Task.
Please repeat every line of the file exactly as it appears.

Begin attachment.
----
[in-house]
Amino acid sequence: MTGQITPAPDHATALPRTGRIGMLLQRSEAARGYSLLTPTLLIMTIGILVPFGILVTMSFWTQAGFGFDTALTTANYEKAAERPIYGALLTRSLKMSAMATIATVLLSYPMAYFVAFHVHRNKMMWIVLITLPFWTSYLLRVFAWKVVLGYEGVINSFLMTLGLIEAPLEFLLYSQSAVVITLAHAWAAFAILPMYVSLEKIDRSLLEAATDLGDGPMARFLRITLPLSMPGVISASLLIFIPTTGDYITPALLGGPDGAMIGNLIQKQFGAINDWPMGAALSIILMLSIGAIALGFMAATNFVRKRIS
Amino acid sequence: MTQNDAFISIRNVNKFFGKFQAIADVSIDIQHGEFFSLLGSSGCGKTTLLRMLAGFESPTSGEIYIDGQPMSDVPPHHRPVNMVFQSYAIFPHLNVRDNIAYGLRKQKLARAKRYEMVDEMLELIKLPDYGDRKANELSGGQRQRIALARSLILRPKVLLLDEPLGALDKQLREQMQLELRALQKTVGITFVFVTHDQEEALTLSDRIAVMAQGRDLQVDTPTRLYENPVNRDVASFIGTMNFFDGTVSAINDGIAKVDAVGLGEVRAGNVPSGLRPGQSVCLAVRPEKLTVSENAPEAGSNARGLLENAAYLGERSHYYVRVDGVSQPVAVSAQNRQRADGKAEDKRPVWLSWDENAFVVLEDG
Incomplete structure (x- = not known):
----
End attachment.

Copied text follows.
[in-house]
Amino acid sequence: MTGQITPAPDHATALPRTGRIGMLLQRSEAARGYSLLTPTLLIMTIGILVPFGILVTMSFWTQAGFGFDTALTTANYEKAAERPIYGALLTRSLKMSAMATIATVLLSYPMAYFVAFHVHRNKMMWIVLITLPFWTSYLLRVFAWKVVLGYEGVINSFLMTLGLIEAPLEFLLYSQSAVVITLAHAWAAFAILPMYVSLEKIDRSLLEAATDLGDGPMARFLRITLPLSMPGVISASLLIFIPTTGDYITPALLGGPDGAMIGNLIQKQFGAINDWPMGAALSIILMLSIGAIALGFMAATNFVRKRIS
Amino acid sequence: MTQNDAFISIRNVNKFFGKFQAIADVSIDIQHGEFFSLLGSSGCGKTTLLRMLAGFESPTSGEIYIDGQPMSDVPPHHRPVNMVFQSYAIFPHLNVRDNIAYGLRKQKLARAKRYEMVDEMLELIKLPDYGDRKANELSGGQRQRIALARSLILRPKVLLLDEPLGALDKQLREQMQLELRALQKTVGITFVFVTHDQEEALTLSDRIAVMAQGRDLQVDTPTRLYENPVNRDVASFIGTMNFFDGTVSAINDGIAKVDAVGLGEVRAGNVPSGLRPGQSVCLAVRPEKLTVSENAPEAGSNARGLLENAAYLGERSHYYVRVDGVSQPVAVSAQNRQRADGKAEDKRPVWLSWDENAFVVLEDG
Incomplete structure (x- = not known):